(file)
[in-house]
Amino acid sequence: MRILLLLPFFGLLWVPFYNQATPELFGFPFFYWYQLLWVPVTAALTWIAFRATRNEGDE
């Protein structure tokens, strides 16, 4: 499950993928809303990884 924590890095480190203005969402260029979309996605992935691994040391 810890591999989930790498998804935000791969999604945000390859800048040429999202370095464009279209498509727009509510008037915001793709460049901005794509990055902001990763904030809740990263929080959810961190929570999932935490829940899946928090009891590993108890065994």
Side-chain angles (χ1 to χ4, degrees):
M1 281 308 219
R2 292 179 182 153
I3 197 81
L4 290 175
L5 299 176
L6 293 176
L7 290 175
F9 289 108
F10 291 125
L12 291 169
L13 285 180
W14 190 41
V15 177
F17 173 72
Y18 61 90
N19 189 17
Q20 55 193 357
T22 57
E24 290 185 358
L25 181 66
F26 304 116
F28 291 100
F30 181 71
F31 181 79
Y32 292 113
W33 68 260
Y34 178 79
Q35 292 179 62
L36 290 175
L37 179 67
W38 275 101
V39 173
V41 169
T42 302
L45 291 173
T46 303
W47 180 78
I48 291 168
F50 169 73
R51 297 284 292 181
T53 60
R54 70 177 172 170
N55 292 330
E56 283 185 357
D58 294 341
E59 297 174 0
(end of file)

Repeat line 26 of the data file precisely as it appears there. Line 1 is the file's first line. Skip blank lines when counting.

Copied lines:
F28 291 100